College of Orientation & Mobility History

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Freedom and Independence mean different things to different people, but to a person with a visual impairment, it can mean the ability to function in their own home independently, go where he/she likes when he/she likes, be able to continue to work and travel there and back safely on a daily basis, go shopping unaided, visit friends, and go to church. This means the need to adapt or develop new skills to function at home; to learn new skills to know where you are; to know how to get to a desired destination; as well as to be able to move about safely within your own home and further afield independently.

In 1969, the S A Guide-Dogs Association for the Blind became aware of the need for this type of service as a complementary service to Guide Dogs. In 1974, the Orientation & Mobility school was established to train sighted Orientation & Mobility Practitioners, from all over southern Africa, who would in turn train people who were visually impaired. The school became a college in 2006, after becoming an accredited training provider in 2005. There is now a two-year, SAQA-accredited diploma training course run by the College of Orientation & Mobility.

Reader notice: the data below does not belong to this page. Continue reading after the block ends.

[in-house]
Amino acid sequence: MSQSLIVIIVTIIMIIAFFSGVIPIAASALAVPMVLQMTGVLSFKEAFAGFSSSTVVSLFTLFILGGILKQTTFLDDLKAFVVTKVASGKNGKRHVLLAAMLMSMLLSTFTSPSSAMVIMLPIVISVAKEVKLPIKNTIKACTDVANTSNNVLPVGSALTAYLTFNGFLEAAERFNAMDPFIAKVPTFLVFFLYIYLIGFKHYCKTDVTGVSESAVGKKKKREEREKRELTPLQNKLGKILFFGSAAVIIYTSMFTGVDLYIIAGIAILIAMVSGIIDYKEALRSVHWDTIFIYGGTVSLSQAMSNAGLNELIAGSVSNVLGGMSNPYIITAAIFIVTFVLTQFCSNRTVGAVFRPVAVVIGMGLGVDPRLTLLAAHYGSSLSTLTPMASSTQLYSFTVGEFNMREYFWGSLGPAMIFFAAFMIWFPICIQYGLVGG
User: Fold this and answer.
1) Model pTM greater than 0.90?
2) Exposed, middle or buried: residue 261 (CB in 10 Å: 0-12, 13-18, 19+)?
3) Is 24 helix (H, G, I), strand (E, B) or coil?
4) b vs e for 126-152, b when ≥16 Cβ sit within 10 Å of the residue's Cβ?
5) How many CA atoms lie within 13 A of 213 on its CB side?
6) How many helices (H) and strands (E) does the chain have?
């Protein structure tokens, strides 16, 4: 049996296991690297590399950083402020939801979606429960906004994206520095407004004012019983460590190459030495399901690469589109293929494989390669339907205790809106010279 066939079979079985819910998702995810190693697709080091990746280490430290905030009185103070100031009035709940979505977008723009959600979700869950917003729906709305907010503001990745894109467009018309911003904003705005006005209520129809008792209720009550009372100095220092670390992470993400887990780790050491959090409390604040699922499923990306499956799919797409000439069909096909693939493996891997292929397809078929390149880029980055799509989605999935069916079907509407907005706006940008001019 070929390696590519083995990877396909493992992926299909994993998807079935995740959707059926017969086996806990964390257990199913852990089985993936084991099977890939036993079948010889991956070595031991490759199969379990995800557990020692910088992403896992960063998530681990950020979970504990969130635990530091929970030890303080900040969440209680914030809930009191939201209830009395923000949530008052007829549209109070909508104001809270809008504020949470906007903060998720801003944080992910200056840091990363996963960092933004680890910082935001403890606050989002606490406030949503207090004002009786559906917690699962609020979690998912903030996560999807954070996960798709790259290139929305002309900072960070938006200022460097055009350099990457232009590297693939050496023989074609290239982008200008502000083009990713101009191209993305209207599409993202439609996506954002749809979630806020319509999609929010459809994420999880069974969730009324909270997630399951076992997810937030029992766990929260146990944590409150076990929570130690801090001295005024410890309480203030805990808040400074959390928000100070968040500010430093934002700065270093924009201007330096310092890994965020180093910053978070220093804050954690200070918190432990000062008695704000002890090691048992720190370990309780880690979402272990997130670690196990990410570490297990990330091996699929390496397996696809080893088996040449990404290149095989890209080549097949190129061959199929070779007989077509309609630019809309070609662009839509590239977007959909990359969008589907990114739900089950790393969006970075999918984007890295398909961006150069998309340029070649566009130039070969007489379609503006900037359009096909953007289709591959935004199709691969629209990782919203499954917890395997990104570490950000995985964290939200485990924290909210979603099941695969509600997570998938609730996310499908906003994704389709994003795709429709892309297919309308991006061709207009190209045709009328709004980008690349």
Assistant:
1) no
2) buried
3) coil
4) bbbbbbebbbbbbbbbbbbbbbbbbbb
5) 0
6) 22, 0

The college was honoured on 25 July 2014, when the COM building was renamed in honour of the late Ken Lord, past Executive Director of the S A Guide-Dogs Association for the Blind.

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Presently it is estimated that in South Africa, there are approximately 388 000 individuals who are blind, and approximately 1 300 000 individuals who are partially sighted (formulas taken from the 2010 WHO statistics), and there is a need for professionally-trained practitioners to assist these individuals on an ongoing basis.